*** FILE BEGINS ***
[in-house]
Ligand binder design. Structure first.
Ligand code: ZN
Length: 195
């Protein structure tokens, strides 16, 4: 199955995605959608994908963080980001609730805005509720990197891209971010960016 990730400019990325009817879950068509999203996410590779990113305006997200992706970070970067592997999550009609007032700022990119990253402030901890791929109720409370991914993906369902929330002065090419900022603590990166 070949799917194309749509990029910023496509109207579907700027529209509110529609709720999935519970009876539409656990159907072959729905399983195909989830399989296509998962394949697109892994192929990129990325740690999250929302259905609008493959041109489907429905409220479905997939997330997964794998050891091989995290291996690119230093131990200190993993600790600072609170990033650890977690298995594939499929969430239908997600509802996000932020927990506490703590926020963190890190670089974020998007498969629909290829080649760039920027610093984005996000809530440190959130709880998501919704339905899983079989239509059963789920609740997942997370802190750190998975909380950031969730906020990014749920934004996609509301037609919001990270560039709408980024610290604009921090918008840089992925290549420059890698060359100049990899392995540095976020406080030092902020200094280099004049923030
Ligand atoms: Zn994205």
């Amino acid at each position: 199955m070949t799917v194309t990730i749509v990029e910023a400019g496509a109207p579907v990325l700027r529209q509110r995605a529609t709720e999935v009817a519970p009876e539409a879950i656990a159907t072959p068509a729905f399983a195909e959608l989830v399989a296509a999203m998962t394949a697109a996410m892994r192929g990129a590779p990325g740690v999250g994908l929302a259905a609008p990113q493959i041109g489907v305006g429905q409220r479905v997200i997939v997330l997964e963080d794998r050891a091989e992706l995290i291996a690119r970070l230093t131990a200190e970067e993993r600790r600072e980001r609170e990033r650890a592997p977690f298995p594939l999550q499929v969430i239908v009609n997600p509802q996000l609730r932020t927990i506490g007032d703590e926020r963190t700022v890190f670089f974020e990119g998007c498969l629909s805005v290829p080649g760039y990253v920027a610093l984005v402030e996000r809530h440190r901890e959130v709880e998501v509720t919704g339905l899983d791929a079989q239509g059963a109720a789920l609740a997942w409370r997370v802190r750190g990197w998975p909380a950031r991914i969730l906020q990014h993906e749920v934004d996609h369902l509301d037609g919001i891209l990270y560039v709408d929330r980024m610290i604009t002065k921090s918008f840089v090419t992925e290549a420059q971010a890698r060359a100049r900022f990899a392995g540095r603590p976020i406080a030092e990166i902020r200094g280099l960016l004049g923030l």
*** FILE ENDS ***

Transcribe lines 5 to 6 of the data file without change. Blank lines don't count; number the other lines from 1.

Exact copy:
């Protein structure tokens, strides 16, 4: 199955995605959608994908963080980001609730805005509720990197891209971010960016 990730400019990325009817879950068509999203996410590779990113305006997200992706970070970067592997999550009609007032700022990119990253402030901890791929109720409370991914993906369902929330002065090419900022603590990166 070949799917194309749509990029910023496509109207579907700027529209509110529609709720999935519970009876539409656990159907072959729905399983195909989830399989296509998962394949697109892994192929990129990325740690999250929302259905609008493959041109489907429905409220479905997939997330997964794998050891091989995290291996690119230093131990200190993993600790600072609170990033650890977690298995594939499929969430239908997600509802996000932020927990506490703590926020963190890190670089974020998007498969629909290829080649760039920027610093984005996000809530440190959130709880998501919704339905899983079989239509059963789920609740997942997370802190750190998975909380950031969730906020990014749920934004996609509301037609919001990270560039709408980024610290604009921090918008840089992925290549420059890698060359100049990899392995540095976020406080030092902020200094280099004049923030
Ligand atoms: Zn994205």